By Brittany Salsman
If you’re like me, when you have a new friend visit your home, you go into a fury of cleaning, straightening, putting away, and cleaning again to make sure you leave a positive impression. I make sure that I have food and drink options in case they haven’t eaten or are thirsty and that movies and games are readily available in case they want to engage in more than simple chit chat. More often than not, an item on a shelf or a picture frame prompts questions or conversation that carries us through our visit. In a sense, I allow my home to do the speaking for me.
To students, our office is the equivalent of our home. So I ask you, what story does your office tell? Take a moment to leave your office and re-enter it as if you were a student. Do you feel welcome? If you had a different belief system, would you still feel welcome? How about a different gender or sexual orientation? If you were a different race or ethnicity? What if you were 20 again? How are you welcoming students with disabilities?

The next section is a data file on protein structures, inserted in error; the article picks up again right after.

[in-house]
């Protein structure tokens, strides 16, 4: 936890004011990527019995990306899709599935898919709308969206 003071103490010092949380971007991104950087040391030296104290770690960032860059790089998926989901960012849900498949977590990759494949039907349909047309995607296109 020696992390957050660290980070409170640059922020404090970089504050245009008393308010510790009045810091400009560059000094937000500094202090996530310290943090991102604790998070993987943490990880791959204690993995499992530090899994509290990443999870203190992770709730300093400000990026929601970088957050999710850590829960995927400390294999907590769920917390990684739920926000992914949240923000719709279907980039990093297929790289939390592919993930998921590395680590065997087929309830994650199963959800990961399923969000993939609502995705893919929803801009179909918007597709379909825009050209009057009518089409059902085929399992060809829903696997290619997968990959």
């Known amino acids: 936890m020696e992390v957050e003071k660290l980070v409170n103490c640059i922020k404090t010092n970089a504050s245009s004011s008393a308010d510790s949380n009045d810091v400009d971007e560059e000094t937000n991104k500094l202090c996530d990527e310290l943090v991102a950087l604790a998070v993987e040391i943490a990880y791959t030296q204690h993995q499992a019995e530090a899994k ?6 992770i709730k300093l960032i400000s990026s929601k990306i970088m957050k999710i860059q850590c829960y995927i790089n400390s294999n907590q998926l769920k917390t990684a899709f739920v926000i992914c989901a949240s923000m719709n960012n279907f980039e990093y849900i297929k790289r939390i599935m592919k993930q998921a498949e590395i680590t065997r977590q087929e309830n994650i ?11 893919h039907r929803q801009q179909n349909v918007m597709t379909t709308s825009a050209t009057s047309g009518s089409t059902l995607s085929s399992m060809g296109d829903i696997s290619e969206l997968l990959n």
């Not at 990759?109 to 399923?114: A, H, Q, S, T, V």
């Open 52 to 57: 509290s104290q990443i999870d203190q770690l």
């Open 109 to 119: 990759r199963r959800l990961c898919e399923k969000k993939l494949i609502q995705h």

Many of our students study abroad. If you have traveled, do you have mementos or pictures that you can exchange stories about? The books on your shelf…are they for work or would they peak a student’s interest enough that they would want to borrow one and engage in conversation after they’ve read it?
Building rapport and trust with students goes beyond the words you exchange and support you can lend. It is about making the student feel comfortable in a different space (and sometimes in a difficult conversation). The environment you create in your office has an impact on the ability to relate to students. Are students leaving your home with a positive impression?
Brittany is the Interim Assistant Director of Campus Activities. She can be reached at email@example.com